Wednesday, September 15, 2010

2010 U.S. Open: The Rafael Nadal Story and the Lessons of Rod Laver

Congratulations to all the winners and players at the 2010 U.S. Open!

The story of this U.S. Open is the career Grand Slam win by Spain's best player of this or perhaps any generation - the indominitable Rafael Nadal.

. . . and behind that win is may lie an interesting parallel with the game of the great Rod Laver - the all-time tennis champion.

Nadal is only the seventh player in history to win the "career Grand Slam": the men's singles title in each of the four Grand Slam tournaments - the Australian Open, the French Open (Roland Garros), Wimbledon and the U.S. Open.

At age 24, Nadal won his 9th career Grand Slam men's singles title. This pace is ahead of that set by Roger Federer who had won 6 Grand Slams singles titles at the same age.

Nadal defeated Novak Djokovic of Serbia in four sets, 6-4, 5-7, 6-4, 6-2 in a rain-delayed match completed on Monday, September 13, 2010 at Arthur Ashe Stadium. It was Nadal's first ever U.S. Open title, and further cements his World No. 1 rank this year.

Nadal's U.S. Open victory this year completes that rarest of consecutive Grand Slam men's singles title wins - the French Open (Roland Garros), Wimbledon and the U.S. Open, all in order in the same calendar year.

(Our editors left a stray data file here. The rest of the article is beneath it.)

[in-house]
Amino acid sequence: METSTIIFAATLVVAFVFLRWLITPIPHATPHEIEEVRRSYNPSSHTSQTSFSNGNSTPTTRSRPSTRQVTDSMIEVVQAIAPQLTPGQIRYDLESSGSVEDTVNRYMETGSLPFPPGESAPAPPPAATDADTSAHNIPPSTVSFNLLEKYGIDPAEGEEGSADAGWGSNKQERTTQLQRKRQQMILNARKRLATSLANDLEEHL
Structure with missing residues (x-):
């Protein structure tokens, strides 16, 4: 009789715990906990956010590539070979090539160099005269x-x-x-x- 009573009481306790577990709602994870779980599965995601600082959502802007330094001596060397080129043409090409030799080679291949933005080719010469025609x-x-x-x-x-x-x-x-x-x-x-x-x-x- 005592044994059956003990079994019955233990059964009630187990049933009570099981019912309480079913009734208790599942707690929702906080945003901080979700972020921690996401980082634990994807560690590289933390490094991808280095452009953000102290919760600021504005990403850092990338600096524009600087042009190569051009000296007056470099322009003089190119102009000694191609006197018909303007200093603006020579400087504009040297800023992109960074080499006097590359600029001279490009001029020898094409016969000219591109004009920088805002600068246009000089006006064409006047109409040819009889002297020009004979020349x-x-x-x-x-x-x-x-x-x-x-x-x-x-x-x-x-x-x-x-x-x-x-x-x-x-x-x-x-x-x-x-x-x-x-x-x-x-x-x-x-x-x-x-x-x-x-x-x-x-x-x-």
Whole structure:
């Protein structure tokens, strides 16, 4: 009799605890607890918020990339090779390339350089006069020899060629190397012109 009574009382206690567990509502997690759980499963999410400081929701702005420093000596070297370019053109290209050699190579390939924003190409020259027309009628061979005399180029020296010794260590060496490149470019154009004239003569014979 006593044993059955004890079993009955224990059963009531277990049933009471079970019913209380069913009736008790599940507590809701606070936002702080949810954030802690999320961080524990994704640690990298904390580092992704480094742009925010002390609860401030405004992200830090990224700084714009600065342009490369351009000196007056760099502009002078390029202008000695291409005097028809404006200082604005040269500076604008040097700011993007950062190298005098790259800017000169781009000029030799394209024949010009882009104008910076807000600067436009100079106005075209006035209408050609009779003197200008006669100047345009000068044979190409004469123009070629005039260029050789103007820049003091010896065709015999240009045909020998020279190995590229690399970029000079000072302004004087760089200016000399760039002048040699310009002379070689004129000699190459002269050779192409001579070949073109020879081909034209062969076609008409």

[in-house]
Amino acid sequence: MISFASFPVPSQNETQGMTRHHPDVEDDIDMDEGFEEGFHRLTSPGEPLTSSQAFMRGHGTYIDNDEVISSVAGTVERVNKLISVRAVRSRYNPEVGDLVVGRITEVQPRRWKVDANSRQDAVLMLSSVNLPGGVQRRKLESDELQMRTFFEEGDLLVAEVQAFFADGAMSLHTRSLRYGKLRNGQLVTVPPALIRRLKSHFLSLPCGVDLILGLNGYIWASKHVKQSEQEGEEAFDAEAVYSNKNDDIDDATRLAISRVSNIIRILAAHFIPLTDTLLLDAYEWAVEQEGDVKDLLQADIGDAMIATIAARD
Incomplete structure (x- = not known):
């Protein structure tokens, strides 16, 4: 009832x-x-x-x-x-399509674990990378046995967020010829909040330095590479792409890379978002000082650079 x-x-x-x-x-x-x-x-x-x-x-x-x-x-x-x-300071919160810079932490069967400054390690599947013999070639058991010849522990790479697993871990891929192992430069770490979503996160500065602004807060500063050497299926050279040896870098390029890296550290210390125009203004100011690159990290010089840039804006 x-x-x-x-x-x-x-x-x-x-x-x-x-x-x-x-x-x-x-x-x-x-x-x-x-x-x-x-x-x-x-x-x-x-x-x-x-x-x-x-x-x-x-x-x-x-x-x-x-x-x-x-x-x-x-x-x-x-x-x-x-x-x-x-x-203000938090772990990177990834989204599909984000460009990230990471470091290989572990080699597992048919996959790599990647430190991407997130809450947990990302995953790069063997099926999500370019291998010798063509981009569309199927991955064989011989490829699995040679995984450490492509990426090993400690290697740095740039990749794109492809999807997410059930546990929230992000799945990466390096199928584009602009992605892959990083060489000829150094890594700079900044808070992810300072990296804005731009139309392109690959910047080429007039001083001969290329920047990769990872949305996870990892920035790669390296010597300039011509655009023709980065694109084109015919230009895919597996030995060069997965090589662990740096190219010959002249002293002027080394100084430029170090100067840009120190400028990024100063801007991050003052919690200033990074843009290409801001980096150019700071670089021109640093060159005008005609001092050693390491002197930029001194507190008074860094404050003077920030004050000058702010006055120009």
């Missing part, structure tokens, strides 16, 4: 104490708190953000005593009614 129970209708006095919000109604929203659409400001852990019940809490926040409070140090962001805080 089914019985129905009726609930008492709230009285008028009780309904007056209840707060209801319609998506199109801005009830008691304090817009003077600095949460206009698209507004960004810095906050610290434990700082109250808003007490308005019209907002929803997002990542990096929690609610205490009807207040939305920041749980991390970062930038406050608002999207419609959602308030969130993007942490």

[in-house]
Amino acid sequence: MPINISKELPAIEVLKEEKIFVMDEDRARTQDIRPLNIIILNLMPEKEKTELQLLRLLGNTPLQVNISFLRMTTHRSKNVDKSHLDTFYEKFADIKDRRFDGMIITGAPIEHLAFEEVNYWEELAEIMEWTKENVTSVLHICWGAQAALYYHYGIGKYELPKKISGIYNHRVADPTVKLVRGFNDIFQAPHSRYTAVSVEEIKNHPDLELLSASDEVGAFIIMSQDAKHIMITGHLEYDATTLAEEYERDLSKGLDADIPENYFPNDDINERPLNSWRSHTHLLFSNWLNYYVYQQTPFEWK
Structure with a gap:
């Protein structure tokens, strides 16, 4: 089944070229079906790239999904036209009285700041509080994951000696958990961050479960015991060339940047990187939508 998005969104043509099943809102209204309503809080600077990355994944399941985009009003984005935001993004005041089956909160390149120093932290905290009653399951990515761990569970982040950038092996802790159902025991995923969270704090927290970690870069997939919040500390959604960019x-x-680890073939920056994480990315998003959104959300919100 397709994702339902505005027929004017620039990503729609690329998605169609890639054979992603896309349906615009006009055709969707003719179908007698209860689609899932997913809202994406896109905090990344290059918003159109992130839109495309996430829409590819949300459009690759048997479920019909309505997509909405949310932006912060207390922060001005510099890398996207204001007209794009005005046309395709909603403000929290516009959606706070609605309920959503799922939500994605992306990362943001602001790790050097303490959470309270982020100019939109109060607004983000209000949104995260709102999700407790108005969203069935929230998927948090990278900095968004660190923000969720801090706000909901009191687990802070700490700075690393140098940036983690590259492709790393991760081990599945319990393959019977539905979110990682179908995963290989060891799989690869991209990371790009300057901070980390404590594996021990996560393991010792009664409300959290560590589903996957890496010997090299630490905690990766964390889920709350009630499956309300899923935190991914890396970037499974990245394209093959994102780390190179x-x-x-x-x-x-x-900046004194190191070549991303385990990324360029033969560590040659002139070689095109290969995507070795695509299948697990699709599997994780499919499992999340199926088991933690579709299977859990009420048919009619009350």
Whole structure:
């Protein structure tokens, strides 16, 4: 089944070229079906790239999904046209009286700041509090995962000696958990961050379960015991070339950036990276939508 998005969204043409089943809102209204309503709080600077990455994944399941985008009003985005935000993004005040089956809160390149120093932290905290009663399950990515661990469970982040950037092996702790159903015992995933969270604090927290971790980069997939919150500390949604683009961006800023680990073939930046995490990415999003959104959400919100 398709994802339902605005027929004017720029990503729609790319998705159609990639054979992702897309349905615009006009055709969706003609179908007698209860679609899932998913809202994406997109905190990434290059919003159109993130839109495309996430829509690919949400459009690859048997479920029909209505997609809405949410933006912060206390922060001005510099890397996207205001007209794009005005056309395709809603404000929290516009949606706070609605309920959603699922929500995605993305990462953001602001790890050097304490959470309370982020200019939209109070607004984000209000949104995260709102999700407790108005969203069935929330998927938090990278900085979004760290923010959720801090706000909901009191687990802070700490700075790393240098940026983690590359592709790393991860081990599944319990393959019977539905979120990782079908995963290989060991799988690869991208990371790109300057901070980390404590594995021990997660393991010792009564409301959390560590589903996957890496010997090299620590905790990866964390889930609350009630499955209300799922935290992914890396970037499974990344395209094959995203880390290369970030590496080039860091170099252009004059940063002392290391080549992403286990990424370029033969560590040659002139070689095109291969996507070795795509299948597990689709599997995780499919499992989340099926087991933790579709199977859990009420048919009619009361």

And who was the last player to accomplish this feat? Answer: Rod Laver. . .

What lessons can be learned from Rod Laver's game that might be relevant at this point? What parts of Nadal's game bear focusing on here? And what might players at all levels take away from this U.S. Open championship win by Nadal?

1. A ferocious intensity of play - Laver was widely-known as a supremely humble and gentlemanly player. Less well-known to most except his opponents was Laver's ruthless desire to eviscerate the opponent, in his case with the sheer magnificence of his seering all-court game.

Similarly, Nadal is known for his all-out intensity on each point as if it was his last, in his case with the sheer power of his topspin drives. Nadal, say his opponents and most observers, "gives you nothing." Yet, like Laver, it is all bound up in Nadal's humble and gentlemanly exterior.

Lesson: Develop an intensity as part of your point play while maintaining humility.

2. The use of topspin at a higher level - Laver was credited in his time for taking topspin drives on his forehand and especially on his backhand to a whole new level, the first to take professional tennis to the modern "Big Game". Nadal likewise has taken the power and intimidation of the topspin drive to an entirely new dimension. Nadal's heavy deep topspin groundstrokes not only push his opponents back and often force a weak reply, but also intimidate many lesser opponents to "going for more" on their shots, thus missing altogether.

Lesson: Develop more and stronger topspin on all your groundstrokes.

3. Enjoying the battle and the thrill of competition - Laver in his time, and Nadal now, simply conduct themselves as glorious competitors, taking pleasure in the game itself - win, lose or draw. By doing so, they seem to play even better tennis - almost behaving and conducting themselves as if the outcome is foregone - and it often is.

Lesson: Savor the thrill of the moment and the pride of competition, regardless of outcome.

Lessons from history - past and present.

Best, Gary

No comments:

Post a Comment